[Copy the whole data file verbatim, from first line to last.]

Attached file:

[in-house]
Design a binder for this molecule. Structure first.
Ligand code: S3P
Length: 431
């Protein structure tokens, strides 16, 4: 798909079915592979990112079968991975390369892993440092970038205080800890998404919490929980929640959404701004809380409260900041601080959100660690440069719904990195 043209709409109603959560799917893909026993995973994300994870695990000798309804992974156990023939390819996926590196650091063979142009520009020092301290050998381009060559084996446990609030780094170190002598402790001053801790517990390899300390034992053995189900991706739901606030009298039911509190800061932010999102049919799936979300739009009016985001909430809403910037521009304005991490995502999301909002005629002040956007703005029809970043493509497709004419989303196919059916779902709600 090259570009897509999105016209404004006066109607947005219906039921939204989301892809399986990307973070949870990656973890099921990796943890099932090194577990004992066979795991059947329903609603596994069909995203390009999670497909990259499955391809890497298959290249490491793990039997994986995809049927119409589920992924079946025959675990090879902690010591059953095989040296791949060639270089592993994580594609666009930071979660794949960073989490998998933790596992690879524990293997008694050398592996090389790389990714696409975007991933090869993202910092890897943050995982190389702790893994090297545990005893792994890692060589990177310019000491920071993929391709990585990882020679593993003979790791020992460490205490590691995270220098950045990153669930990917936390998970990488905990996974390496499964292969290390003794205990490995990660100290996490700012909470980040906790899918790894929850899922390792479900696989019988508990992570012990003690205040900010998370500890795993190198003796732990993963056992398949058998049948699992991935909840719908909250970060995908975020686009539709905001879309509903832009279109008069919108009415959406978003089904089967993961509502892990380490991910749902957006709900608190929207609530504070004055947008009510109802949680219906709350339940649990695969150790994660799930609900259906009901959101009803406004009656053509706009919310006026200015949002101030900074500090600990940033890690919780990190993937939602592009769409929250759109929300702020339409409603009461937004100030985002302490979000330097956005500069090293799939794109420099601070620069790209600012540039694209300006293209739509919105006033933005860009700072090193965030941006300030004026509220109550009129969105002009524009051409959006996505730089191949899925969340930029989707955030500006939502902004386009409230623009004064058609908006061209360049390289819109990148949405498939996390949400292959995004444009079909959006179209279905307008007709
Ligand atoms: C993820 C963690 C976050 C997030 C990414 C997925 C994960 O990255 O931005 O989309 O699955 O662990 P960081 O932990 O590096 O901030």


[in-house]
Design a binder for this molecule. Structure first.
Ligand code: S3P
Length: 431
């Protein structure tokens, strides 16, 4: 798909079915592979990112079968991975390369892993440092970038205080800890998404919490929980929640959404701004809380409260900041601080959100660690440069719904990195 043209709409109603959560799917893909026993995973994300994870695990000798309804992974156990023939390819996926590196650091063979142009520009020092301290050998381009060559084996446990609030780094170190002598402790001053801790517990390899300390034992053995189900991706739901606030009298039911509190800061932010999102049919799936979300739009009016985001909430809403910037521009304005991490995502999301909002005629002040956007703005029809970043493509497709004419989303196919059916779902709600 090259570009897509999105016209404004006066109607947005219906039921939204989301892809399986990307973070949870990656973890099921990796943890099932090194577990004992066979795991059947329903609603596994069909995203390009999670497909990259499955391809890497298959290249490491793990039997994986995809049927119409589920992924079946025959675990090879902690010591059953095989040296791949060639270089592993994580594609666009930071979660794949960073989490998998933790596992690879524990293997008694050398592996090389790389990714696409975007991933090869993202910092890897943050995982190389702790893994090297545990005893792994890692060589990177310019000491920071993929391709990585990882020679593993003979790791020992460490205490590691995270220098950045990153669930990917936390998970990488905990996974390496499964292969290390003794205990490995990660100290996490700012909470980040906790899918790894929850899922390792479900696989019988508990992570012990003690205040900010998370500890795993190198003796732990993963056992398949058998049948699992991935909840719908909250970060995908975020686009539709905001879309509903832009279109008069919108009415959406978003089904089967993961509502892990380490991910749902957006709900608190929207609530504070004055947008009510109802949680219906709350339940649990695969150790994660799930609900259906009901959101009803406004009656053509706009919310006026200015949002101030900074500090600990940033890690919780990190993937939602592009769409929250759109929300702020339409409603009461937004100030985002302490979000330097956005500069090293799939794109420099601070620069790209600012540039694209300006293209739509919105006033933005860009700072090193965030941006300030004026509220109550009129969105002009524009051409959006996505730089191949899925969340930029989707955030500006939502902004386009409230623009004064058609908006061209360049390289819109990148949405498939996390949400292959995004444009079909959006179209279905307008007709
Ligand atoms: C993820 C963690 C976050 C997030 C990414 C997925 C994960 O990255 O931005 O989309 O699955 O662990 P960081 O932990 O590096 O901030």